The Mississippi Legislature is advancing a bill to ban abortions from being performed based on race, sex, or potential physical disabilities caused by genetic anomalies.
The Republican-led Senate passed the bill Wednesday by a 33-11 margin. The House is expected to send the bill to Republican Governor Tate Reeves later this week.
Senator Joey Fillingane (R-Sumrall) said the legislation is an attempt to ensure that fetuses have the same civil rights as people.
“They should have the same protection in the womb,” Fillingnane said.
Opponents claim that the purpose of the bill is to limit abortion rights and deter people from seeking abortions. The bill would require physicians to ask patients if they were seeking an abortion based on the anticipated race, sex, or genetic anomalies of the fetus. The doctor would be prohibited from performing the abortion if she answered affirmatively and could face a prison sentence of up to 10 years for knowingly violating the ban.
According to the Guttmacher Institute, nine states have bans prohibiting abortions based on sex, two states ban abortion based on race, and two ban abortions in cases of potential genetic anomalies.
Some bans prohibit physicians from performing abortions when they suspect a person is seeking one based on race, sex, or potential disability, even if the person denies this is their motivation. Most require that healthcare professionals report these incidents to law enforcement.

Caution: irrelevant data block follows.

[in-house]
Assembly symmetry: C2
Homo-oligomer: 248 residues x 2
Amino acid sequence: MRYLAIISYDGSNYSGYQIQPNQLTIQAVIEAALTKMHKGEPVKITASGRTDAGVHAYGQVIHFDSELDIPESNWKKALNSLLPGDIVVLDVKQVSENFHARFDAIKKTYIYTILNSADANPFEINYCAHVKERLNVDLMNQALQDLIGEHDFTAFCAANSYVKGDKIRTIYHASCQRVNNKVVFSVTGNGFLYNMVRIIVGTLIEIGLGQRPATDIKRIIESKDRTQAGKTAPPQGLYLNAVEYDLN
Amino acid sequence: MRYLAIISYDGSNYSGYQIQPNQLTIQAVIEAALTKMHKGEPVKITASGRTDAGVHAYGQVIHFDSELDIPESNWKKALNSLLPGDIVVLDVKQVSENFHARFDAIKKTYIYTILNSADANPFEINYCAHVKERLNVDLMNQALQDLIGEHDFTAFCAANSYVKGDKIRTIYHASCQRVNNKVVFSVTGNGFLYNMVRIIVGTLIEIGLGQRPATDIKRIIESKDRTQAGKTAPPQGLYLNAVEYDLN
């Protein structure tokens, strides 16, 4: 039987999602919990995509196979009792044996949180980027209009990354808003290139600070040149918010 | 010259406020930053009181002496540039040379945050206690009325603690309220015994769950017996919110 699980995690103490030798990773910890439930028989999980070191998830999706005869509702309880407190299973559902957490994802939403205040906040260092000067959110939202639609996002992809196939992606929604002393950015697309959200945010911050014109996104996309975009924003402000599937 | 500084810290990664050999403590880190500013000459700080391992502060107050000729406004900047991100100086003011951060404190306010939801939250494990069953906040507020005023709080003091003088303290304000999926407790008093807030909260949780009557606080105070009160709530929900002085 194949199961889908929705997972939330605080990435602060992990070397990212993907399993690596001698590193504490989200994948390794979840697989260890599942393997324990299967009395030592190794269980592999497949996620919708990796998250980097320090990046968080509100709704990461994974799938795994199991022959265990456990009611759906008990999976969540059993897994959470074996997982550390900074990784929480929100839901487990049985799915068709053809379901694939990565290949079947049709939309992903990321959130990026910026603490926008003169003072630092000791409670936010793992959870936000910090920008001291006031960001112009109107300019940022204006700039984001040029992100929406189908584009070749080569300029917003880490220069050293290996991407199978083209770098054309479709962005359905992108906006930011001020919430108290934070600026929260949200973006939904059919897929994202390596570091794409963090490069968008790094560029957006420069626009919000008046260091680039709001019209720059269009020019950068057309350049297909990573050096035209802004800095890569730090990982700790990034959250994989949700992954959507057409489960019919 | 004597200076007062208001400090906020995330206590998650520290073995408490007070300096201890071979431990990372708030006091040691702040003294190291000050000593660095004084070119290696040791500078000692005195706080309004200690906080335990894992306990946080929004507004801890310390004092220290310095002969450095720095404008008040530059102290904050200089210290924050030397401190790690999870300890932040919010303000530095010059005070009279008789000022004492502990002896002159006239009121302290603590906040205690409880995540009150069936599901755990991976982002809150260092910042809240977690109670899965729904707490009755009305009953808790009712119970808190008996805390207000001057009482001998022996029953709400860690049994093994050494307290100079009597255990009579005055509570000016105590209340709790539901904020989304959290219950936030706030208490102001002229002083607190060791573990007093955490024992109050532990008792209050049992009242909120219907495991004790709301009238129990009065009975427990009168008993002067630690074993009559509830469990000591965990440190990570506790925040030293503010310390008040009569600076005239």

“While nominally aimed at combating discrimination, U.S. bans on sex- and race-selective abortions send the message that women, and especially women of color, cannot be trusted to make their own medical decisions,” writes the Guttmacher Institute in their report. “They place women’s motivations for having an abortion under suspicion, thereby opening the door to discrimination toward and racial profiling of women of color and immigrant women.”
If passed, this bill would mark the third consecutive year that the Mississippi Legislature has passed bills seriously restricting abortion rights. Mississippi’s law banning abortions after 15 weeks, passed in 2018, could be the first of its kind to be considered by the U.S. Supreme Court.
Although federal court rulings have blocked most of these new laws in recent years, the Mississippi Legislature continues to aggressively pursue laws to limit abortion rights.
Laurie Bertram Roberts, co-founder and director of Mississippi Reproductive Freedom Fund, which helps people pay for abortions, criticized the bill and the authors’ claim that it will advance civil rights protections.
“As a disabled Black mother, I reject the disingenuous invoking of race, gender, and disability while lawmakers refuse to enact policies to create true equity and equality,” said Roberts in a statement Wednesday. “It’s time that Mississippi lawmakers top wasting time and energy on trying to police the reproductive lives of Mississippians.”
Sources: Associated Press 6/18/2020; Mississippi Today 6/18/2020; Biloxi Sun Herald 6/17/2020